There was court intrigue between the political reformers and conservatives, led by the chancellors Wang Anshi and Sima Guang, respectively. By the mid-to-late 13th century, the Chinese had adopted the dogma of Neo-Confucian philosophy formulated by Zhu Xi. Enormous literary works were compiled during the Song dynasty, such as the innovative historical narrative Zizhi Tongjian ("Comprehensive Mirror to Aid in Government"). The invention of movable-type printing further facilitated the spread of knowledge. Culture and the arts flourished, with grandiose artworks such as Along the River During the Qingming Festival and Eighteen Songs of a Nomad Flute, along with great Buddhist painters such as the prolific Lin Tinggui.

City views of Song dynasty from paintings. Clockwise from upper left: A Northern Song Dynasty (960–1127) era Chinese painting of a water-powered mill for grain, with surrounding river transport. The bridge scene from Zhang Zeduan's (1085–1145) painting Along the River During Qingming Festival. Chinese boats from Along the River During Qingming Festival. Leifeng Pagoda in the Southern Song Dynasty by Li Song.

The Song dynasty was also a period of major innovation in the history of warfare. Gunpowder, while invented in the Tang dynasty, was first put into practical use on the battlefield by the Song army, inspiring a succession of new firearms and siege engines designs. During the Southern Song dynasty, as its survival hinged decisively on guarding the Yangtze and Huai River against the cavalry forces from the north, the first standing navy in China was assembled in 1132, with its admiral's headquarters established at Dinghai. Paddle-wheel warships equipped with trebuchets could launch incendiary bombs made of gunpowder and lime to effect, as recorded in Song's victory over the invading Jin forces at the Battle of Tangdao in the East China Sea, and the Battle of Caishi on the Yangtze River in 1161.

The advances in civilisation during the Song dynasty came to an abrupt end following the devastating Mongol conquest of the North and subsequently other areas of the empire, during which the population sharply dwindled, with a marked contraction in economy. Despite viciously halting Mongol advances for more than three decades, the Southern Song capital Hangzhou fell in 1276, followed by the final annihilation of the Song standing navy at the Battle of Yamen in 1279.

Yuan dynasty (1271–1368)

Yuan dynasty (AD 1271–1368)
The White Stupa of Miaoying Temple in Beijing.
Yuan period firearm with inscription dated the 3rd year of the Zhiyuan era (1332). Yuan Dynasty (1206–1368). Discovered at the Yunju Temple, Fangshan, Beijing, 1935.
Yuan dynasty banknote with its printing wood plate, 1287 AD.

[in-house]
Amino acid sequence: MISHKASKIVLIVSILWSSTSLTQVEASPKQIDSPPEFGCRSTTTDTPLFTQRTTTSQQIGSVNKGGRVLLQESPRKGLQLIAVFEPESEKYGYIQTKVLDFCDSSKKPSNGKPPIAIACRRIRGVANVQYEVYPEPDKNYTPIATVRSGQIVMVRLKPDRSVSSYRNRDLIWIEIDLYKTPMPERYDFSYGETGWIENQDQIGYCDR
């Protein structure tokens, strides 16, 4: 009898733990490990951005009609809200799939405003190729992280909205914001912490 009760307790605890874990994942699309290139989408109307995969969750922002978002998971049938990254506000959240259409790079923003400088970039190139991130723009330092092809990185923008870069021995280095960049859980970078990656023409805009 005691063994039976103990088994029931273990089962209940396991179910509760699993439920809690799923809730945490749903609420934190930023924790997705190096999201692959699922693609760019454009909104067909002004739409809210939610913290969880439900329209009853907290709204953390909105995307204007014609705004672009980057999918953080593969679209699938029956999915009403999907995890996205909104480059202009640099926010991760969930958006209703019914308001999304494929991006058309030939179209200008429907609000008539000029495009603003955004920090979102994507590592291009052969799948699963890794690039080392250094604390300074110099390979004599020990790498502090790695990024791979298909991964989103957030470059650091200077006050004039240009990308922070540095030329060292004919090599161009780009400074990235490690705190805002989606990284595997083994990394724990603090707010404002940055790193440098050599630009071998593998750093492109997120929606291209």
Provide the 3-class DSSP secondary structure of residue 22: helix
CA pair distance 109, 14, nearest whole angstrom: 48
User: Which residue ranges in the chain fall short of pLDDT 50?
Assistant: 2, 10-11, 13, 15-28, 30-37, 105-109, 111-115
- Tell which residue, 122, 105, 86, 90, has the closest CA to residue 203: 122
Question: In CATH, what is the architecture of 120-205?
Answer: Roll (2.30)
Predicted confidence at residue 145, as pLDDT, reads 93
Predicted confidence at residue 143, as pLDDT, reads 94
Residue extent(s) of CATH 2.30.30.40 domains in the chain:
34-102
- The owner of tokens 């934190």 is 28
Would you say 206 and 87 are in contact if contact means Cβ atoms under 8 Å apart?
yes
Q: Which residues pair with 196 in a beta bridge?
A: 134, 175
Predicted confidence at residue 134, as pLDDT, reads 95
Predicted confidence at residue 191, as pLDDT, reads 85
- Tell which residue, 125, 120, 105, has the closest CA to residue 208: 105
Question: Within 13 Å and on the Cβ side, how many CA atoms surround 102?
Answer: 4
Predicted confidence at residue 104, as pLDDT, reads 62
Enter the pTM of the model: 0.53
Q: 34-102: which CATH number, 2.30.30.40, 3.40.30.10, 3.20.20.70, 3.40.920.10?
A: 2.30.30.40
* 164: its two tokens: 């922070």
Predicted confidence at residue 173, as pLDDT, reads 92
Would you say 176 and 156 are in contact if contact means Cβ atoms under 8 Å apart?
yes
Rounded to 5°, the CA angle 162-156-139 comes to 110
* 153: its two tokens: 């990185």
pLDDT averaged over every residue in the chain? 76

Mongol successor khanates

The Yuan dynasty was formally proclaimed in 1271, when the Great Khan of Mongol, Kublai Khan, one of the grandsons of Genghis Khan, assumed the additional title of Emperor of China, and considered his inherited part of the Mongol Empire as a Chinese dynasty. In the preceding decades, the Mongols had conquered the Jin dynasty in Northern China, and the Southern Song dynasty fell in 1279 after a protracted and bloody war. The Mongol Yuan dynasty became the first conquest dynasty in Chinese history to rule the entire China proper and its population as an ethnic minority. The dynasty also directly controlled the Mongol heartland and other regions, inheriting the largest share of territory of the eastern Mongol empire, which roughly coincided with the modern area of China and nearby regions in East Asia. Further expansion of the empire was halted after defeats in the invasions of Japan and Vietnam. Following the previous Jin dynasty, the capital of Yuan dynasty was established at Khanbaliq (also known as Dadu, modern-day Beijing). The Grand Canal was reconstructed to connect the remote capital city to lively economic hubs in southern part of China, setting the precedence and foundation for Beijing to largely remain as the capital of the successive regimes of the unified Chinese mainland.

A series of Mongol civil wars in the late 13th century led to the division of the Mongol Empire. In 1304 the emperors of the Yuan dynasty were upheld as the nominal Khagan over western khanates (the Chagatai Khanate, the Golden Horde and the Ilkhanate), which nonetheless remained de facto autonomous. The era was known as Pax Mongolica, when much of the Asian continent was ruled by the Mongols. For the first and only time in history, the Silk Road was controlled entirely by a single state, facilitating the flow of people, trade, and cultural exchange. A network of roads and a postal system were established to connect the vast empire. Lucrative maritime trade, developed from the previous Song dynasty, continued to flourish, with Quanzhou and Hangzhou emerging as the largest ports in the world. Adventurous travelers from the far west, most notably the Venetian, Marco Polo, would settle in China for decades. Upon his return, his detail travel record inspired generations of medieval Europeans with the splendors of the far East. The Yuan dynasty was the first ancient economy, where paper currency, known at the time as Jiaochao, was used as the predominant medium of exchange. Its unrestricted issuance in the late Yuan dynasty inflicted hyperinflation, which eventually brought the downfall of the dynasty.